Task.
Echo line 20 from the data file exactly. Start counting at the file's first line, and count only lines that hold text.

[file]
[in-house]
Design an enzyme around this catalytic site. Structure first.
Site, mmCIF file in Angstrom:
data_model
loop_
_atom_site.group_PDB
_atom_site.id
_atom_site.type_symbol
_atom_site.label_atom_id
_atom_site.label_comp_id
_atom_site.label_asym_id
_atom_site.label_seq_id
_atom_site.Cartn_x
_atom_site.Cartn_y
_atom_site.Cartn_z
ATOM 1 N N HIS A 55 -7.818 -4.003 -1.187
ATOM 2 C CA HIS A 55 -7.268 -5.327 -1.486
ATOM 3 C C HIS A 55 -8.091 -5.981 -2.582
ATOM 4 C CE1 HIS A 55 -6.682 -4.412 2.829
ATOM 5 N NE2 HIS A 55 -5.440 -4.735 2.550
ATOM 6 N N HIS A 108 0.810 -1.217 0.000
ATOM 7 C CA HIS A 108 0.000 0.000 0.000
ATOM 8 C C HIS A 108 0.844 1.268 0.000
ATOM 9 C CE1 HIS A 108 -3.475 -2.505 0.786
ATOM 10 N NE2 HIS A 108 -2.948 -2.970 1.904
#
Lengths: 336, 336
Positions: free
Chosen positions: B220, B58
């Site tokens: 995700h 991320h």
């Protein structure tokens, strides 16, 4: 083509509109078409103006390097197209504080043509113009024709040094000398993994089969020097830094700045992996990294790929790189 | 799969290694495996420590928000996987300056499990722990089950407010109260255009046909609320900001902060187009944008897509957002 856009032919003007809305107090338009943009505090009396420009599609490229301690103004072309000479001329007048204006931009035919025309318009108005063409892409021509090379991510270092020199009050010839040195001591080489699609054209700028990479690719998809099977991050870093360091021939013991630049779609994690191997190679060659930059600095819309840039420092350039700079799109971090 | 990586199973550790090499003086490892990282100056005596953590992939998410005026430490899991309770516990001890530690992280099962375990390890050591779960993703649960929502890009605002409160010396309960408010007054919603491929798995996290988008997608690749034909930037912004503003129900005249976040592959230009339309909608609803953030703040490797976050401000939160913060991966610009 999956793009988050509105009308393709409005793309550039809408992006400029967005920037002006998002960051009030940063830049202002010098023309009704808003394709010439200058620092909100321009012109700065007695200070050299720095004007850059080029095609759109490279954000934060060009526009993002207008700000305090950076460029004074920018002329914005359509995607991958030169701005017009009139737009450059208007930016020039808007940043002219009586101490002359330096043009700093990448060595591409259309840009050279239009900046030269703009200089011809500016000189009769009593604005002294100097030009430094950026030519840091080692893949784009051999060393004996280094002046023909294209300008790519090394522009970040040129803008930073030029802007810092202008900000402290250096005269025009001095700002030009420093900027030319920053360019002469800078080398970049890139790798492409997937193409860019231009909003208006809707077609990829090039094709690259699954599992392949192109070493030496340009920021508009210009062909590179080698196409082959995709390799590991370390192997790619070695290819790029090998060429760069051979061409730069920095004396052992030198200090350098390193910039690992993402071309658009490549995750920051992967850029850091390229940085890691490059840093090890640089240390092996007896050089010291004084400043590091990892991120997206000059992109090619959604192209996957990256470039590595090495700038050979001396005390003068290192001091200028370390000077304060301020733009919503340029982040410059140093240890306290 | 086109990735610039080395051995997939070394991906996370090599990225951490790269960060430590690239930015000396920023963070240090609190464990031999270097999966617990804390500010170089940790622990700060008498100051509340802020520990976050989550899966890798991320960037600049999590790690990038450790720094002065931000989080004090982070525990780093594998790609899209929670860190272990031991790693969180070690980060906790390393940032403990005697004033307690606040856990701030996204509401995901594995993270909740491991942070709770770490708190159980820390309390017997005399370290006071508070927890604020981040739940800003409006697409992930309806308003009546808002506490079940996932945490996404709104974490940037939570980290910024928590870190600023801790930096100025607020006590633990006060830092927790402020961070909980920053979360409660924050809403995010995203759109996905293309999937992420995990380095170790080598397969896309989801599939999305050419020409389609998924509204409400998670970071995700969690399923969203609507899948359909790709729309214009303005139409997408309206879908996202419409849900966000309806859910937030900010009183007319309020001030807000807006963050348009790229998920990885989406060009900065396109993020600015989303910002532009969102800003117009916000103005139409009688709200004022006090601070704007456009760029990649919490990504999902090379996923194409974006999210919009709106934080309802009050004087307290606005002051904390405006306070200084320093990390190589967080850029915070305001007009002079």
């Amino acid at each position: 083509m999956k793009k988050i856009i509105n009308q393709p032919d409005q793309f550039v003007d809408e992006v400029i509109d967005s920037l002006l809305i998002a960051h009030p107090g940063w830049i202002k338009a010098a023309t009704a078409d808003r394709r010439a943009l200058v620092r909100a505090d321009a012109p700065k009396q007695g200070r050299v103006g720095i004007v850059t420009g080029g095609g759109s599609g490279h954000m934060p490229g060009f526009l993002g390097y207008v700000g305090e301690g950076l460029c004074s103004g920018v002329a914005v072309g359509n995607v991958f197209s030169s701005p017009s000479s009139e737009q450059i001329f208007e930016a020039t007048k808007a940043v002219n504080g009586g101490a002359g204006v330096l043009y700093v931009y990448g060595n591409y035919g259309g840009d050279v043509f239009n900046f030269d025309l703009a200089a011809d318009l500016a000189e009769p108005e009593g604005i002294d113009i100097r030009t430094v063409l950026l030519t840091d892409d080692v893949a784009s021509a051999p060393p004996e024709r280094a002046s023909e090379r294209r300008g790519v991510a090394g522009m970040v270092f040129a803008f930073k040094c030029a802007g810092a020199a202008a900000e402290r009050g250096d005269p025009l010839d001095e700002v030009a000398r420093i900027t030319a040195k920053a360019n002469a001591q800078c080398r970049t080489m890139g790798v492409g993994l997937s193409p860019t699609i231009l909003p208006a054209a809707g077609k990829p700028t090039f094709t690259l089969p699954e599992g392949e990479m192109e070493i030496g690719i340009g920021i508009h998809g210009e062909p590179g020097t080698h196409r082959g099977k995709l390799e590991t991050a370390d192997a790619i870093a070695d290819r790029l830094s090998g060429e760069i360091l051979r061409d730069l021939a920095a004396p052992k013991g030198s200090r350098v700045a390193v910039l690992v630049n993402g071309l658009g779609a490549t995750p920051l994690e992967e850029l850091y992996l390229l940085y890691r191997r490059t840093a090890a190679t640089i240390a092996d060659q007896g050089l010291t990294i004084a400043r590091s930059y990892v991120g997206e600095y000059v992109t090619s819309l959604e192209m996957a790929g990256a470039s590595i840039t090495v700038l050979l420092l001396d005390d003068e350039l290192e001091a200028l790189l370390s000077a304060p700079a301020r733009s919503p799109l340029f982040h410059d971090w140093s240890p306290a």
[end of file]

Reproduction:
ATOM 5 N NE2 HIS A 55 -5.440 -4.735 2.550